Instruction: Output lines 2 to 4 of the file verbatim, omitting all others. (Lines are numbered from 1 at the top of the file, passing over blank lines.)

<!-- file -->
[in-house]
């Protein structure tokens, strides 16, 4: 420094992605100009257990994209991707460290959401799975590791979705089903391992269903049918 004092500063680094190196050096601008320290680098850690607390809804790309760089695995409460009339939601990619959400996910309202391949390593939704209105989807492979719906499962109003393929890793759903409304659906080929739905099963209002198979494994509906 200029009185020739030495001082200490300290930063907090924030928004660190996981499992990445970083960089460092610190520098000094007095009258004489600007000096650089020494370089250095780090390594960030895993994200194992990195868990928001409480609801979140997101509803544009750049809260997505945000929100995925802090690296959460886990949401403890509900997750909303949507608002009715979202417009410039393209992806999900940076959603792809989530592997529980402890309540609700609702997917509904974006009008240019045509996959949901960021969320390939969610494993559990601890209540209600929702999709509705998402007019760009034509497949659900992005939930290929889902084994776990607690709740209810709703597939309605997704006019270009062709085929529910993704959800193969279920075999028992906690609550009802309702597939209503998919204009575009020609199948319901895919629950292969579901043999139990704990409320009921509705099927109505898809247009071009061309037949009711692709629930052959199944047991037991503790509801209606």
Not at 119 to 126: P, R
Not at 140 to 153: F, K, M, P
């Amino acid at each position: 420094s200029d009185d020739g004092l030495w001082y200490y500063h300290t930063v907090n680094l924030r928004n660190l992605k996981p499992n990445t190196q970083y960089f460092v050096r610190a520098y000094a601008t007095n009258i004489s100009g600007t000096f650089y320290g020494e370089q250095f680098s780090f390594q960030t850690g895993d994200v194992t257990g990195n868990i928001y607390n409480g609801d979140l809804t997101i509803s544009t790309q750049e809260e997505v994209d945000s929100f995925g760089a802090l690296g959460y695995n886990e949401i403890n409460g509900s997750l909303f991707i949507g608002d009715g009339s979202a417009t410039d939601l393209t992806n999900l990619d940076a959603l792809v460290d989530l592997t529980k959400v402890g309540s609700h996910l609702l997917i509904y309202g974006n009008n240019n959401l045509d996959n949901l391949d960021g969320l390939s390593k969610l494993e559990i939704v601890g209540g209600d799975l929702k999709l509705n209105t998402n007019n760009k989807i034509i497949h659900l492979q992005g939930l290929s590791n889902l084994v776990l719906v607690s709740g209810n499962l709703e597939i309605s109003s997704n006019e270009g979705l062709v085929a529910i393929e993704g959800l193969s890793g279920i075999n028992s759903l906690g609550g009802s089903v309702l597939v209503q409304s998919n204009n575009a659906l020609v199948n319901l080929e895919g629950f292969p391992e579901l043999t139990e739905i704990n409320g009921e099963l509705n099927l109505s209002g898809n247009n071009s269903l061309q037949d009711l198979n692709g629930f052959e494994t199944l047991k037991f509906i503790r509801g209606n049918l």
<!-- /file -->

């Protein structure tokens, strides 16, 4: 420094992605100009257990994209991707460290959401799975590791979705089903391992269903049918 004092500063680094190196050096601008320290680098850690607390809804790309760089695995409460009339939601990619959400996910309202391949390593939704209105989807492979719906499962109003393929890793759903409304659906080929739905099963209002198979494994509906 200029009185020739030495001082200490300290930063907090924030928004660190996981499992990445970083960089460092610190520098000094007095009258004489600007000096650089020494370089250095780090390594960030895993994200194992990195868990928001409480609801979140997101509803544009750049809260997505945000929100995925802090690296959460886990949401403890509900997750909303949507608002009715979202417009410039393209992806999900940076959603792809989530592997529980402890309540609700609702997917509904974006009008240019045509996959949901960021969320390939969610494993559990601890209540209600929702999709509705998402007019760009034509497949659900992005939930290929889902084994776990607690709740209810709703597939309605997704006019270009062709085929529910993704959800193969279920075999028992906690609550009802309702597939209503998919204009575009020609199948319901895919629950292969579901043999139990704990409320009921509705099927109505898809247009071009061309037949009711692709629930052959199944047991037991503790509801209606």
Not at 119 to 126: P, R
Not at 140 to 153: F, K, M, P